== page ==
If the causes of type 1 diabetes are not known it is mainly because the human pancreatic islet and its interactions with the immune system have not been studied. The diabetes research community is now coming to terms with the lack of relevance to the human situation of results obtained in rodent models of diabetes. In response, there is a new concerted effort at obtaining and studying the relevant material, namely the human pancreas, in health and disease. The long-term goal of this research program is to understand the anatomical and physiological changes that occur in the human islet during the progression towards the diabetic state. The objective of this application is to determine how the endocrine, vascular and immune compartments mature and interact functionally during the postnatal development of the islet. We will focus on the juvenile maturation period because it is a stage during which early-arising autoimmunity is strongly correlated with the predisposition towards overt type 1 diabetes. The overarching hypothesis is that the onset of beta cell-directed autoimmunity is causally related to developmental alterations in the molecular phenotypes of islet cells and to changes in islet architecture. We propose that maturation processes make islets susceptible to inflammation and facilitate the development of autoimmunity. The rationale for the proposed research is that understanding what makes the islet vulnerable will not only help explain its downfall but also provide clues for intervention strategies. This project is thus relevant to the mission of the NIH and is responsive to the research objectives of the Funding Opportunity Announcement from the NIDDK entitled ?High-Resolution Exploration of the Human Islet Tissue Environment?. Guided by preliminary data, we will test our hypothesis by pursuing three specific aims: (1) determine the mechanisms of functional maturation of islet endocrine cells, (2) determine how endocrine control of vascular function is established, and (3) determine changes in the phenotype and behavior of islet resident macrophages. Under the first aim, we will study the massive structural and functional changes needed for beta and alpha cells to reach their full secretory potential. In all three aims, we will record cellular responses with functional imaging and measure hormone release in living pancreas slices from donors aged 0 to 10 years old. These studies will be complemented by scRNA-seq analyses of cells sorted from isolated islets. Under the second aim, we will determine how the endocrine cells establish control of the vascular pericyte, the major regulator of blood flow in the islet. Under the third aim, we will examine how the phenotype and function of the islet resident macrophages changes during the maturation of the islet. The proposed research is significant because the anticipated results could reveal developmental processes that diminish the islet?s natural defenses and trigger abnormal responses from local immune cells. Knowing these processes is crucial to propose intervention targets aimed at preventing the development of type 1 diabetes.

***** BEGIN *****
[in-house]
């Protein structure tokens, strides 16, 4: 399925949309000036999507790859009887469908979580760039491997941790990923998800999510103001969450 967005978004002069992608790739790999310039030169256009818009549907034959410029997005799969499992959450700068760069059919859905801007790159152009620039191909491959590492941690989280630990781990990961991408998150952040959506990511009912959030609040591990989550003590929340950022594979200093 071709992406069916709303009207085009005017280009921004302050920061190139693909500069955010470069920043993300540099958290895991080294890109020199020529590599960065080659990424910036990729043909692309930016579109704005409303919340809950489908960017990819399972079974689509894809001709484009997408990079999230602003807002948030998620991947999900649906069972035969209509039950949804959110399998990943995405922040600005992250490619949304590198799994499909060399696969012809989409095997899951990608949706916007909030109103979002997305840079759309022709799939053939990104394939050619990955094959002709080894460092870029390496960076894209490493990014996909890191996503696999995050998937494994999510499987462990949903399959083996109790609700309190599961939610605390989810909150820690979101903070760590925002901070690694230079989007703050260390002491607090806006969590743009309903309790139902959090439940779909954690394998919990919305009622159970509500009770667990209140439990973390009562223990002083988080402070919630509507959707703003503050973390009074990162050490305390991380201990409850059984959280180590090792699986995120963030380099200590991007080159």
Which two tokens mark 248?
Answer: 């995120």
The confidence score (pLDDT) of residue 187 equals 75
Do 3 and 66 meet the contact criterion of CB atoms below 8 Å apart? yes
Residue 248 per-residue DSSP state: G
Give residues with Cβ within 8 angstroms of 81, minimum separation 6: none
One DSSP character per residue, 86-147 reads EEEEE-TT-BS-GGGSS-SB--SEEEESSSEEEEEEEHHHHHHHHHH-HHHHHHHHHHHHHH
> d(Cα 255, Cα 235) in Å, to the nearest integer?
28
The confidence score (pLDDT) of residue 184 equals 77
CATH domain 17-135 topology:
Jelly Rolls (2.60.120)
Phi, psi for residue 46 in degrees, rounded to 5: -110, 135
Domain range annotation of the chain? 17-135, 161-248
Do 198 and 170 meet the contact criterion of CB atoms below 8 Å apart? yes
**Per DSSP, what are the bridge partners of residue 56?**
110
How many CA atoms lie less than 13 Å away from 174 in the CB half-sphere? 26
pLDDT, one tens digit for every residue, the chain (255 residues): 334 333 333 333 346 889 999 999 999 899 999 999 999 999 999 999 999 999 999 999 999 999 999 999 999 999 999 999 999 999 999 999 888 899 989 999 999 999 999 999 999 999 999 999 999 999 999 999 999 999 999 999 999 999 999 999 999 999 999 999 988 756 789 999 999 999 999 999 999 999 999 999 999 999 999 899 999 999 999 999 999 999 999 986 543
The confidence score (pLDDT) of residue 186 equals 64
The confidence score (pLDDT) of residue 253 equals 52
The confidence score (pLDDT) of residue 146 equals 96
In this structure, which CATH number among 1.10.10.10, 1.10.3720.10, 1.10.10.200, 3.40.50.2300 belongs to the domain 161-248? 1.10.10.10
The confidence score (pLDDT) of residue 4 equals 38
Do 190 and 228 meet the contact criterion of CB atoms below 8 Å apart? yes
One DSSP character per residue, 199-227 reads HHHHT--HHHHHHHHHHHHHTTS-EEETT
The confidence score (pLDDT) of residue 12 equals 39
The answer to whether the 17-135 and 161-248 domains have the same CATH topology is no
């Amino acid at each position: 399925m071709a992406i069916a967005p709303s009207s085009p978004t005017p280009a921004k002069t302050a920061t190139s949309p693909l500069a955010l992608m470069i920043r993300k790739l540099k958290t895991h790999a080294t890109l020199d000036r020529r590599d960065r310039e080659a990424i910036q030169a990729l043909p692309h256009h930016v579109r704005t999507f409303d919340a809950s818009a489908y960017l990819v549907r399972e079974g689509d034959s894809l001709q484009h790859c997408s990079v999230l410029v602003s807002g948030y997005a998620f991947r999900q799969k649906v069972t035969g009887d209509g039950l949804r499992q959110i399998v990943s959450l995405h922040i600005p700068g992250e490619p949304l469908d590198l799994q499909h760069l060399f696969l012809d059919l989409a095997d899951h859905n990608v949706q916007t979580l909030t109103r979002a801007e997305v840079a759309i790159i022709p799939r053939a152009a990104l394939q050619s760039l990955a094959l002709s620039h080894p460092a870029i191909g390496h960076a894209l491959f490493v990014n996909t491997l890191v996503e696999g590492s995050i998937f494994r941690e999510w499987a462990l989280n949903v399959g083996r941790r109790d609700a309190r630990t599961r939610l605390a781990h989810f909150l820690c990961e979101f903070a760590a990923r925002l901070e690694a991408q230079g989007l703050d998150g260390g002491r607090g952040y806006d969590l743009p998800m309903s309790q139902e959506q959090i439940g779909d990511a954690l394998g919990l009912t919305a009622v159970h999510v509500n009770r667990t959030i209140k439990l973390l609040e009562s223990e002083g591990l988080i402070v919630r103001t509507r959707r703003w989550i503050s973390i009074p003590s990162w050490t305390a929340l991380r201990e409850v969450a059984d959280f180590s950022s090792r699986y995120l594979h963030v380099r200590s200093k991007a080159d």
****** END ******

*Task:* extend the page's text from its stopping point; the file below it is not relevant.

The proposed work will use living pancreas slices obtained from juvenile human donors to investigate the structural and functional changes of the pancreatic islet during the first decade of life. The anticipated results could reveal developmental processes that diminish the islet?s natural defenses and trigger abnormal responses from local immune cells. Knowing these processes is crucial to propose intervention targets aimed at preventing the development of type 1 diabetes.